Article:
Think of healthcare again. Or law or accounting or management consulting. Being perceived as “the best” or among the best, at just one thing can make marketing and sales a whole lot easier and a whole lot more effective. As well as usually being a more profitable business model.

One Big Challenge

Unfortunately, there are dramatically fewer potential clients in any geographic area for any particular specialist. This means that the narrower the niche being addressed the larger the geographic market must be. This calls for a fundamental rethinking of where clients and prospects might be located. And how to connect with them.

This, of course, is the reason for all those airline magazine specialized healthcare ads. The marketing strategies and their implementation have to be quite different for specialized professional service providers.

What it Takes

“OK,” you say, “Mine is a full-service agency. I’d be interested in exploring what might be involved in shifting my agency’s focus from being a full-service generalist to a more tightly focused specialized service provider.”

To begin, here are some things you might want to think about:

1. What one thing is your agency the very best at?
This is the most difficult question. And there almost certainly is one thing. But it may take some work to identify and articulate it.

There is a tendency to say, “We’re very good at a lot of things.” And that is surely true. But that leads you away from the one, singular characteristic that can make you truly world class. Not just a very good generalist agency.

And the thing that you are the best at can reside in a variety of agency capabilities. It might be specific industry expertise. Or media expertise. Or client type. Or management of the process. Or strategic visioning, Or accountability, etc., etc. The potential list is endless. And real objectivity and creativity is called for in the identification process.

As well as some independent outside opinions on your singular strength. Folks who can see your agency more dispassionately than you do.

2. Are there enough marketers out there that need that capability?
Here you will want to really expand your horizons. The reality is that in today’s world ease of travel and communications have erased geographic restraints.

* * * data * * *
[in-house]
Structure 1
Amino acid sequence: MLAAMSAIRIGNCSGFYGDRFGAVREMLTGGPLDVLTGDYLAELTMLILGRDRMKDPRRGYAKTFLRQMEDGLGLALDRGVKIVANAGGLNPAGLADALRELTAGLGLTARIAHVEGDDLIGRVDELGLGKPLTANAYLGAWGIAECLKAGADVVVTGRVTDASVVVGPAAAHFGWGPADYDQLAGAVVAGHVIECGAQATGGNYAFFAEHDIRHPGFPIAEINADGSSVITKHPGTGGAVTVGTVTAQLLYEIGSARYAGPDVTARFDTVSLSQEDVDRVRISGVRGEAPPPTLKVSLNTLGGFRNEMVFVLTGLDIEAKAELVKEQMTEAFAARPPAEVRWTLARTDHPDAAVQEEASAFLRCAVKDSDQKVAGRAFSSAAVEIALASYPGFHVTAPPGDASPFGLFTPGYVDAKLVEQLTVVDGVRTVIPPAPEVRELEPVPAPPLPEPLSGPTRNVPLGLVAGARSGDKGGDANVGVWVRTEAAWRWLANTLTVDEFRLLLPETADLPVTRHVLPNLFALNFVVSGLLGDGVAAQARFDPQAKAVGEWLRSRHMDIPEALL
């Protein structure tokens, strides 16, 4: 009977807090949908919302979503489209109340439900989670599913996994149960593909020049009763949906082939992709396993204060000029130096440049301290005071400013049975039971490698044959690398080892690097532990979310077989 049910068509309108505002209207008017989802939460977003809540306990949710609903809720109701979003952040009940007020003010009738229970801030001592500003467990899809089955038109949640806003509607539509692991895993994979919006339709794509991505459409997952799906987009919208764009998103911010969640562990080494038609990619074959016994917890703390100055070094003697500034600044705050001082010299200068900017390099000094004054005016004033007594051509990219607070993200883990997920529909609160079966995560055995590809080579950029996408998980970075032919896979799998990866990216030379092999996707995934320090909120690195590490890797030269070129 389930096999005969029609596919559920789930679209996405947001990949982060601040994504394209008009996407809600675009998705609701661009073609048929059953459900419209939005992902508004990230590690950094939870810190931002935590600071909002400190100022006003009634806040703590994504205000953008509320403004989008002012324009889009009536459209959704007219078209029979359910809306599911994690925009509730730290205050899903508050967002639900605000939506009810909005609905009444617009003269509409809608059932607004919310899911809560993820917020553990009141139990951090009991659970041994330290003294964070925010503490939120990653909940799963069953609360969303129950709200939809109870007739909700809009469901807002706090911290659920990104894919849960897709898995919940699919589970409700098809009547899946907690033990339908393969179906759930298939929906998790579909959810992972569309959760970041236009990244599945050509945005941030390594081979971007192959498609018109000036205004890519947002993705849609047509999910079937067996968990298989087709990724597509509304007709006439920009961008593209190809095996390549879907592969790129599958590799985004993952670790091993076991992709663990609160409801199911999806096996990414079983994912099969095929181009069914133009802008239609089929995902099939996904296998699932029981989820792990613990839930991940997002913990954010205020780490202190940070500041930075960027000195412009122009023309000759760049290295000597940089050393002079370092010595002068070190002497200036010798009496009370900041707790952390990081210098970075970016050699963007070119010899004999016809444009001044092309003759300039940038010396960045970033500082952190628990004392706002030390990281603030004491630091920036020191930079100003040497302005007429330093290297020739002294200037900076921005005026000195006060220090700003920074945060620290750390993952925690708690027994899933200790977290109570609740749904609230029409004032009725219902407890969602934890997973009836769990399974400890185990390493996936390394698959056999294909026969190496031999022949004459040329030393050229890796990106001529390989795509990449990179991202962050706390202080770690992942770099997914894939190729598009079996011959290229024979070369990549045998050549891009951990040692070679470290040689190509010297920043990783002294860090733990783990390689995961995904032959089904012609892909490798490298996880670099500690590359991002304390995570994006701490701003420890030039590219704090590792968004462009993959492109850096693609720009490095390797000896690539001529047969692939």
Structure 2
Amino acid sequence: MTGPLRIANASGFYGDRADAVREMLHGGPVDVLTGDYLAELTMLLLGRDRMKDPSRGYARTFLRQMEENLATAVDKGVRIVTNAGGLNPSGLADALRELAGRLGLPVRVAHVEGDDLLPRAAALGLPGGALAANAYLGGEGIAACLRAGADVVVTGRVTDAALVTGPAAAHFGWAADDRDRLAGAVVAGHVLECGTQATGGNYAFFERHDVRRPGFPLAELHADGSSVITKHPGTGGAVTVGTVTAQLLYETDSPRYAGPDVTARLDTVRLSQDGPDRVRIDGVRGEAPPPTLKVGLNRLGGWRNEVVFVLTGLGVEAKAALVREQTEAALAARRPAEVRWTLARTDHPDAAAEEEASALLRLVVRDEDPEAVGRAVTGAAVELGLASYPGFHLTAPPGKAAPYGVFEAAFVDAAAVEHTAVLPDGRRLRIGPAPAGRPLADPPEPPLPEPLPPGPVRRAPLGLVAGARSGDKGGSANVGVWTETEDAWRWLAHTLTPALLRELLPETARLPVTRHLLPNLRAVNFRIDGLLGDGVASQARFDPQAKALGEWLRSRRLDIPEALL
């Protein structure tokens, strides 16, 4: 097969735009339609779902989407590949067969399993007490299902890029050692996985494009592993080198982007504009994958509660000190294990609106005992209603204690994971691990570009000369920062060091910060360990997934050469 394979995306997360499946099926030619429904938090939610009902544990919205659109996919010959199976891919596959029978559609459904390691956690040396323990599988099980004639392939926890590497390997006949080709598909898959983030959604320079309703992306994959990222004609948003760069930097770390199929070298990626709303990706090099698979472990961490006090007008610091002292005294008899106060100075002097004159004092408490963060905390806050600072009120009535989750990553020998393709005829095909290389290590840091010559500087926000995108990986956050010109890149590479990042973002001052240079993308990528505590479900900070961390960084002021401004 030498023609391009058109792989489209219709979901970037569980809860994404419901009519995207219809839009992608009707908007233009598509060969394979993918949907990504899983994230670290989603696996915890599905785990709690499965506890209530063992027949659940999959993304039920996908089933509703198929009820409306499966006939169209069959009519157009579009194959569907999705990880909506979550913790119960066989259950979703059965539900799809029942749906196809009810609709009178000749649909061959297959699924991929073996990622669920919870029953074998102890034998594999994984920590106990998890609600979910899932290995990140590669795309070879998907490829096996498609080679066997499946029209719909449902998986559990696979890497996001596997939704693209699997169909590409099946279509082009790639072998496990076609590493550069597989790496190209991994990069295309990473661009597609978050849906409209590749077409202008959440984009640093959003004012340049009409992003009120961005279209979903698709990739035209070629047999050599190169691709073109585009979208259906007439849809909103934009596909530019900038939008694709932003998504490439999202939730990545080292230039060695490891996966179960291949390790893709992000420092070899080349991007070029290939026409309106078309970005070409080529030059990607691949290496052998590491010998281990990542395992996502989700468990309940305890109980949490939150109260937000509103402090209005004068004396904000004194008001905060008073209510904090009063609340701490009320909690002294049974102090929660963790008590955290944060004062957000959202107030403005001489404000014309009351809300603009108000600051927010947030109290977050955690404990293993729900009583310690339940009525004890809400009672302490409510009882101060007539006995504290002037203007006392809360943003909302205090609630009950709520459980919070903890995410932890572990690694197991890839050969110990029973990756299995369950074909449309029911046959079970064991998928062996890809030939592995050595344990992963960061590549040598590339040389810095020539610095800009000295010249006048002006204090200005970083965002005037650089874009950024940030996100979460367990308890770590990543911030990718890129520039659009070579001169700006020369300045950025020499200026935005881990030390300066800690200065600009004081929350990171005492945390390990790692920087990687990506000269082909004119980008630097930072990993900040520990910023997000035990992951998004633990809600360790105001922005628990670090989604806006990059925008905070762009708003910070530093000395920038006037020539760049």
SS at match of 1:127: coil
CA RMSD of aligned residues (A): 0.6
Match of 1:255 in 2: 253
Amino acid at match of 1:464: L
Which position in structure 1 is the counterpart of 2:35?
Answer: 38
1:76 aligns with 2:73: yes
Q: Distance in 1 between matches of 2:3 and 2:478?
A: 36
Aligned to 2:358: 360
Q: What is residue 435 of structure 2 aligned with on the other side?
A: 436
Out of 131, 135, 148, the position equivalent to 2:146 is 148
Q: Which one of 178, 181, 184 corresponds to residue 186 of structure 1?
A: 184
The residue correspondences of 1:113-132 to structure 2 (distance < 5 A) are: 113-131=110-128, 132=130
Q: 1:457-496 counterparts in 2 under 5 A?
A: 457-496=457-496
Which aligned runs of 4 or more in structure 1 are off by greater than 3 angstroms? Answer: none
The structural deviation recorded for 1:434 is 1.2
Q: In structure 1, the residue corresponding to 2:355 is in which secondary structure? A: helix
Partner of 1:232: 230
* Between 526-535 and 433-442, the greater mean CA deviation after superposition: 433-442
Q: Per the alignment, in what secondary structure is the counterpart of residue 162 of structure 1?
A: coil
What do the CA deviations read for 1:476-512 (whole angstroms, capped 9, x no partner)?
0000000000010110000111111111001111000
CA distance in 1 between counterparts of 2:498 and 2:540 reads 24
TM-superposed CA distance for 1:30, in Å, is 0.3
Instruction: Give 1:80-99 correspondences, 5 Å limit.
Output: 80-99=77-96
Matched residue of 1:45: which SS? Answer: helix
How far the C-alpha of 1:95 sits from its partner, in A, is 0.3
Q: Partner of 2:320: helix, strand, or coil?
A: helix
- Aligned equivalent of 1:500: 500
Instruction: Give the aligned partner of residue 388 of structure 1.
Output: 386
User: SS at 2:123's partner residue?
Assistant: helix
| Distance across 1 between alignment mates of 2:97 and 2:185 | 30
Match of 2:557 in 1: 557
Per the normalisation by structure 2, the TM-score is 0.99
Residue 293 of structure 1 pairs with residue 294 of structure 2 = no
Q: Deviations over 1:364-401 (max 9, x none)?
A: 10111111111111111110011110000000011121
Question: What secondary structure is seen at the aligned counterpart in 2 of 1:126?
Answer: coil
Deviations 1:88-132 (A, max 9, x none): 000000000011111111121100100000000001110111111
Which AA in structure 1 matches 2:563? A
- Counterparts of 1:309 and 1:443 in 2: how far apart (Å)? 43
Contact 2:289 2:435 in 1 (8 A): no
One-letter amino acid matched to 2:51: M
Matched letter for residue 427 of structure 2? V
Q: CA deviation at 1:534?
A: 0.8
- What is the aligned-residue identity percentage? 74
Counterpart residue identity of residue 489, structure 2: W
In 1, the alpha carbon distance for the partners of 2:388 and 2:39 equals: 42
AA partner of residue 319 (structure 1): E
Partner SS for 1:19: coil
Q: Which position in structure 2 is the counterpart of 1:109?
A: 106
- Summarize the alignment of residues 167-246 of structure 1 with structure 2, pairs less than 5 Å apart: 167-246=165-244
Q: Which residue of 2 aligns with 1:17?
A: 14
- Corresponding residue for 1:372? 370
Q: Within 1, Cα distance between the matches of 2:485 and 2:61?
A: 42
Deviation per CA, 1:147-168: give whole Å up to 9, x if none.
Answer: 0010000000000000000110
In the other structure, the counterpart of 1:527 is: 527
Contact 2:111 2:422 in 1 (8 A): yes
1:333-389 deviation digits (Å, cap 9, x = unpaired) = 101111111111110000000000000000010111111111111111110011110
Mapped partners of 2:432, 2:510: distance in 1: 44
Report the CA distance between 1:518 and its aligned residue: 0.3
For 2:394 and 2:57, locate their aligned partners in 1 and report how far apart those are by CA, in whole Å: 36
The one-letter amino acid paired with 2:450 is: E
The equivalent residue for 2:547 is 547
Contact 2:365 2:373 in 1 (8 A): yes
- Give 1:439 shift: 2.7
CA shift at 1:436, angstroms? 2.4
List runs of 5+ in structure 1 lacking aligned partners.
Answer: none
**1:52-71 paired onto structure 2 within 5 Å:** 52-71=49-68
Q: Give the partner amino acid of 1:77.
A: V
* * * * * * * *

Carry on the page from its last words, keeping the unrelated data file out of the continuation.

This is really a market potential evaluation. Who are the marketers that might have needs that are in complete alignment with your special capability? Where are they located? How serious is their need? How are they addressing that need now? What is it currently costing them to meet that need? And more importantly, what is it costing them to not address it as effectively as you can? What is the economic value you can bring to them?

3. Are there enough marketers with this specific need to support you?
This, of course, is a key question. But remember, you are looking at an unlimited geographic area. Obviously, if this specialized market segment is not big enough to support your aspirations, you need to go back and deal with questions one and two again.

4. What will be required to market effectively to this specific segment?
Many of these folks may have been outside your traditional marketing arena. So building a brand reputation with them may take considerable time and effort.

However, because you are extraordinarily good at that service, direct competition should be reduced. Since you are playing from your demonstrated strength, likely against generalist agencies, you probably will compete less often but your win rate should go up dramatically.

Clients are more likely to seek out an agency with demonstrated expertise.

5. Do you have the right people?
Being best at a specific specialization will probably require different people than generalists in a full-service agency. You will want to develop a comprehensive strategy for how to move from the current talent base to a more specialized one.

And don’t forget, outsourcing and/or extensive use of free-lance or contingent talent may be just what is called for.

6. Can you manage the transition?
Your business model will not evolve from full-service to a specialized provider overnight. It will take time and patience to navigate the transition. And there will probably be a fair amount of internal pushback.

Beguiling full-service opportunities will undoubtedly pop up. How you deal with these siren songs will have a major influence on the speed, clarity and effectiveness of the transition.

As you think through the issues outlined above it becomes abundantly clear how challenging making this kind of transition can be. It will not be quick or easy.

The Future Reality

But the reality is also abundantly clear. The future belongs to highly effective, highly specialized providers who are the best at what they do. They will be in demand. They will rightfully speak with authority. They will be highly respected. And highly paid.

They will reap the rewards for what they are able to accomplish. And they will rise above the typical RFP cattle calls reserved for generalist full-service agencies.

Agencies trapped in the full-service folly of yesterday.

© Carlton Associates Inc.

Web: www.CarltonAssociatesInc.com
Site by Elliance